Swimming Pool Safety Tips: How to Protect Yourself from Crypto

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If you are thinking of installing an inground swimming pool in your backyard, you might want to know about the risks of Cryptosporidium, a parasite that can cause diarrhea, vomiting, and dehydration. Cryptosporidium, or Crypto for short, is resistant to chlorine and can survive in pool water for days. It can infect anyone who swallows contaminated water, especially young children, pregnant women, and people with weakened immune systems.

According to the CDC, Crypto outbreaks linked to swimming pools have increased in recent years. In early 2023, an outbreak of Crypto among college swimmers in Massachusetts was traced back to their practice in Puerto Rico, where they were exposed to three variants of the parasite. The swimmers developed symptoms three days after returning home and competed in two other meets before the problem was recognized. Fortunately, no hospitalizations or secondary infections occurred.

So how can you protect yourself and your family from Crypto? One of the best ways is to install a secondary disinfection system in your pool, such as Ultra Violet (UV) or ozone. These systems do not kill Crypto, but they inactivate it by damaging its DNA, preventing it from reproducing and causing illness. UV and ozone systems also kill or inactivate other bacteria, viruses, and parasites that can make swimmers sick. However, they do not create a disinfectant residual in the water, so you still need to use chlorine or another sanitizer to maintain water quality.

In addition to using a secondary disinfection system, you should also follow these tips to reduce Crypto risk in your pool:

– Shower before entering the pool and wash your hands after using the bathroom or changing diapers.
– Do not swim if you have diarrhea or have had it in the past two weeks.
– Do not swallow pool water or get it in your mouth.
– Keep children under 5 years old out of hot tubs and spas, as they are more likely to contaminate the water with fecal matter.
– Change diapers in a bathroom or a diaper-changing area and not at poolside.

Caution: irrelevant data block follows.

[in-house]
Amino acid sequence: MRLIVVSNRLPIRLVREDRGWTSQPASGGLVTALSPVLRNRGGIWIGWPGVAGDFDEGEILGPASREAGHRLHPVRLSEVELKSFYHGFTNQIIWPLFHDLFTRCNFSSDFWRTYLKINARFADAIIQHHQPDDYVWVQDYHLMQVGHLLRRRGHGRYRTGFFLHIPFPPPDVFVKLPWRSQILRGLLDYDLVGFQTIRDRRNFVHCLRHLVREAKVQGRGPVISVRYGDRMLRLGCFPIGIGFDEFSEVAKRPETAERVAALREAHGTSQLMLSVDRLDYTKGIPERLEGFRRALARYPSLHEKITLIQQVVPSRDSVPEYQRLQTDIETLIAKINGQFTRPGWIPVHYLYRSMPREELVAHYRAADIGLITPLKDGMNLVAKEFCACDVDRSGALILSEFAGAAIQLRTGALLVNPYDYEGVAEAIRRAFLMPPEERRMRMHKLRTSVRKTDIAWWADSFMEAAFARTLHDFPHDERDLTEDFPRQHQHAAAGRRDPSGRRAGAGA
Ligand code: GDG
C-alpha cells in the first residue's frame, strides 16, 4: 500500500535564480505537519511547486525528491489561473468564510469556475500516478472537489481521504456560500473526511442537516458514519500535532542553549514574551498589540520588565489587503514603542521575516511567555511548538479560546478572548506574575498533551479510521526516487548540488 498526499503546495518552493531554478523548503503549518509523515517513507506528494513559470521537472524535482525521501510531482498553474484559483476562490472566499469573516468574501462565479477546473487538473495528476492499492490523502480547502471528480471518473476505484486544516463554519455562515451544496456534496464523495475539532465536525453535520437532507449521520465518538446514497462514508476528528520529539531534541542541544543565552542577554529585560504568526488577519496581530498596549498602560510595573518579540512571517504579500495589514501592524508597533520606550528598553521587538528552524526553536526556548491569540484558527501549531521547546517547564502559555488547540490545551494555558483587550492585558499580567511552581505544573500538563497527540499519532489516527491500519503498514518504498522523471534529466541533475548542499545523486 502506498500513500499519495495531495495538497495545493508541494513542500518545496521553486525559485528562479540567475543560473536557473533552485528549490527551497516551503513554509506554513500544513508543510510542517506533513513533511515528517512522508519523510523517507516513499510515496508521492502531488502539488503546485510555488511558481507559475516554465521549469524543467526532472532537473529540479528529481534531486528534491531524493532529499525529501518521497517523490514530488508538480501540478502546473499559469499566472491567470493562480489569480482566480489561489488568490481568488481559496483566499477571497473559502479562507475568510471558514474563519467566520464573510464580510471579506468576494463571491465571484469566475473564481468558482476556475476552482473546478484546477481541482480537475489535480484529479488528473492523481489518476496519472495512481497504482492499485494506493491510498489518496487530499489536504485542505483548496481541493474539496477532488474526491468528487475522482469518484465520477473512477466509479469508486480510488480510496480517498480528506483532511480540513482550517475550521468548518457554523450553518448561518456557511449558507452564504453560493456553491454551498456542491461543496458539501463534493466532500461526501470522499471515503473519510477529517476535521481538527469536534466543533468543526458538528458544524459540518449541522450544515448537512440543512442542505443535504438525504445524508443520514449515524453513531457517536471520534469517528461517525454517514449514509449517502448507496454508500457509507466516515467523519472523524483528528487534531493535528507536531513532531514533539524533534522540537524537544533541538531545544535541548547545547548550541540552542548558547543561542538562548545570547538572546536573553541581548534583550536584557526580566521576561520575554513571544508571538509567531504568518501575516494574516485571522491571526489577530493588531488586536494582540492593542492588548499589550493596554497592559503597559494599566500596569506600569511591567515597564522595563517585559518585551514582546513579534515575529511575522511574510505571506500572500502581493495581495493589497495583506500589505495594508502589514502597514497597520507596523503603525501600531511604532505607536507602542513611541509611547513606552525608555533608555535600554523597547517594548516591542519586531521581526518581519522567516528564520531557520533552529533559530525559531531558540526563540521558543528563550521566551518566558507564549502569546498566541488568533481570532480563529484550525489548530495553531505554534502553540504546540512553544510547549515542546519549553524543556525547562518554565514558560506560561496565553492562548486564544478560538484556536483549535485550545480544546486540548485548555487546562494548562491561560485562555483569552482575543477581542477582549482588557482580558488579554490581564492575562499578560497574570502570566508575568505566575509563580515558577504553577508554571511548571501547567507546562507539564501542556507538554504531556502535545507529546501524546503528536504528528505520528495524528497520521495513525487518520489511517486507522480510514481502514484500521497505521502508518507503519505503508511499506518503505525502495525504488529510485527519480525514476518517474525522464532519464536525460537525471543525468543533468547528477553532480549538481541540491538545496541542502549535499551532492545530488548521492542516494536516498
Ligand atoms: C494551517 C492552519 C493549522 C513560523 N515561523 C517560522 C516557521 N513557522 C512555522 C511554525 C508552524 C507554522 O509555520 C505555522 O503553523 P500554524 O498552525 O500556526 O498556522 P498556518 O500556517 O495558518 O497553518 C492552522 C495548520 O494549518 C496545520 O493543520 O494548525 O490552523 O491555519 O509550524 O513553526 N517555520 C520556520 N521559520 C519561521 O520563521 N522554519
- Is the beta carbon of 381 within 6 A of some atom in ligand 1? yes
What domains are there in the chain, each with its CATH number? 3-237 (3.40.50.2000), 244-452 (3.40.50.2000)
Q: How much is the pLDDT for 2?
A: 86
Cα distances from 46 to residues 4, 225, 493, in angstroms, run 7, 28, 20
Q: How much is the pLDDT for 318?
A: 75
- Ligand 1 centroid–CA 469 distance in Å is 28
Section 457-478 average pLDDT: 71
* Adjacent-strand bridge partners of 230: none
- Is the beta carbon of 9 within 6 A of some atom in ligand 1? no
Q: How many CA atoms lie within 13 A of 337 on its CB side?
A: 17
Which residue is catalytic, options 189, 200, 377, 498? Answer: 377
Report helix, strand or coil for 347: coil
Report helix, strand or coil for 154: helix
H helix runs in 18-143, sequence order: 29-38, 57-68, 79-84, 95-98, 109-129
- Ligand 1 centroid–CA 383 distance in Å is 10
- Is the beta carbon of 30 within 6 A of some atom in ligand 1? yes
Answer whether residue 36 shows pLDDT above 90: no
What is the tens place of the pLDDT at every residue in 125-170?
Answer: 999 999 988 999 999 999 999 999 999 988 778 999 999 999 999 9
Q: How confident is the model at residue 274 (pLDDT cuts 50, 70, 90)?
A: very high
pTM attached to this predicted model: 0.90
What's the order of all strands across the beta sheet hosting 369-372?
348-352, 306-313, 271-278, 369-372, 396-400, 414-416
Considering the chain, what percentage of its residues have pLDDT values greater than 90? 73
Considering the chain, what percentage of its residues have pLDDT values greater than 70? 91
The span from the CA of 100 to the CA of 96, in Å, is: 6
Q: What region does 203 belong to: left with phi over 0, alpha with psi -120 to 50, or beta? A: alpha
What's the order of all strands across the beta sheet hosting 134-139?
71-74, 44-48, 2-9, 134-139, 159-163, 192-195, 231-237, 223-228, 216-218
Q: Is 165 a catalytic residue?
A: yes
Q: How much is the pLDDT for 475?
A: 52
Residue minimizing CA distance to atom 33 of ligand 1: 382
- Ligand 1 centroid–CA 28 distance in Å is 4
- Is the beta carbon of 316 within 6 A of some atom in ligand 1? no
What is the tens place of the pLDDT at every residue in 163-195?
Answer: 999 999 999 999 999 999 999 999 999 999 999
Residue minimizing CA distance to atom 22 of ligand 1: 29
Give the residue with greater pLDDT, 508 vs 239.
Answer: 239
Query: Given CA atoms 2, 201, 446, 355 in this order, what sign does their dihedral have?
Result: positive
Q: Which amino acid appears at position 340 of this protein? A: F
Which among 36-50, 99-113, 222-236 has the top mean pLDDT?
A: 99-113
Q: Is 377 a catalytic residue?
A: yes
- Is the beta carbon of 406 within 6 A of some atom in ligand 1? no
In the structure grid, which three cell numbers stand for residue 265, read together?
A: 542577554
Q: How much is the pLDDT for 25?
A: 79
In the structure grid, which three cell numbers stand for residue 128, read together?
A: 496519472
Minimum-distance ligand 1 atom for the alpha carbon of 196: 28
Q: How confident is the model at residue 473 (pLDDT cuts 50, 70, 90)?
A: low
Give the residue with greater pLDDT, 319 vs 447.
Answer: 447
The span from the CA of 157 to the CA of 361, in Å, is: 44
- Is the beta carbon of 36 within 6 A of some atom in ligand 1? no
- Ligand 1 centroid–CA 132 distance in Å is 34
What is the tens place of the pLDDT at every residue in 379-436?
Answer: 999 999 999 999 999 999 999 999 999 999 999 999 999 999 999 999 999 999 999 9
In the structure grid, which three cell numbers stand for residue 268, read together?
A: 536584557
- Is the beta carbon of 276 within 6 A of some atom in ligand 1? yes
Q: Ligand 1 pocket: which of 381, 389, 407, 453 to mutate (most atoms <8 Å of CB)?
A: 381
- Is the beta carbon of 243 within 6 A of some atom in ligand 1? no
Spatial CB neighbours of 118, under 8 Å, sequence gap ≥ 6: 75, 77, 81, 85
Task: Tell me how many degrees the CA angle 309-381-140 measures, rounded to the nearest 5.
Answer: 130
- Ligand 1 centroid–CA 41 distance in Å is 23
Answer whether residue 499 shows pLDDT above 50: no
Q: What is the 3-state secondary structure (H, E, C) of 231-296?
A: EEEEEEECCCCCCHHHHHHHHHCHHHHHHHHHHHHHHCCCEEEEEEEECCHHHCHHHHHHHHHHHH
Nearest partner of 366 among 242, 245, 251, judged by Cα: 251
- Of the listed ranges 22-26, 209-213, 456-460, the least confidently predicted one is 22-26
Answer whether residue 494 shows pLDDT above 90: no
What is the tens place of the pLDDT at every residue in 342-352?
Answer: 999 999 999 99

– Wash your swimsuit and towel after each use.

By following these simple steps, you can enjoy your inground swimming pool without worrying about Crypto. Remember, a safe, fun, clean pool environment is what we all want!

How can I tell if my swimming pool has Crypto in it?

There is no easy way to tell if a swimming pool has Crypto in it, because the parasite is microscopic and invisible to the naked eye. However, there are some steps that can be taken to reduce the risk of getting infected by Crypto from swimming pools:

  • Avoid swallowing pool water or putting your mouth near water sprays or fountains.
  • Check the pool’s chlorine and pH levels before entering the water. You can use your own test kits or ask the pool operator for the latest test results. The CDC recommends that free chlorine concentration should be at least 1 ppm in pools and 3 ppm in hot tubs, and pH should be between 7.2 and 7.81.
  • Stay out of the water if you have diarrhea or have been diagnosed with Crypto. You should wait at least two weeks after your diarrhea stops before swimming again.
  • Take frequent bathroom breaks and wash your hands with soap and water after using the toilet or changing diapers. Do not change diapers near the pool area.
  • Shower before and after swimming.

If you suspect that a pool might be contaminated with Crypto, you can contact the local health department or the pool operator to report your concerns. The pool might need to be hyperchlorinated to kill any Crypto germs that might be present. Hyperchlorination is a process of raising the free chlorine concentration to 20–40 ppm for a certain period of time, depending on the water temperature and pH2. However, CDC does not recommend testing the water for Crypto after hyperchlorination is completed, because it is not a reliable method to confirm that all Crypto germs have been killed2.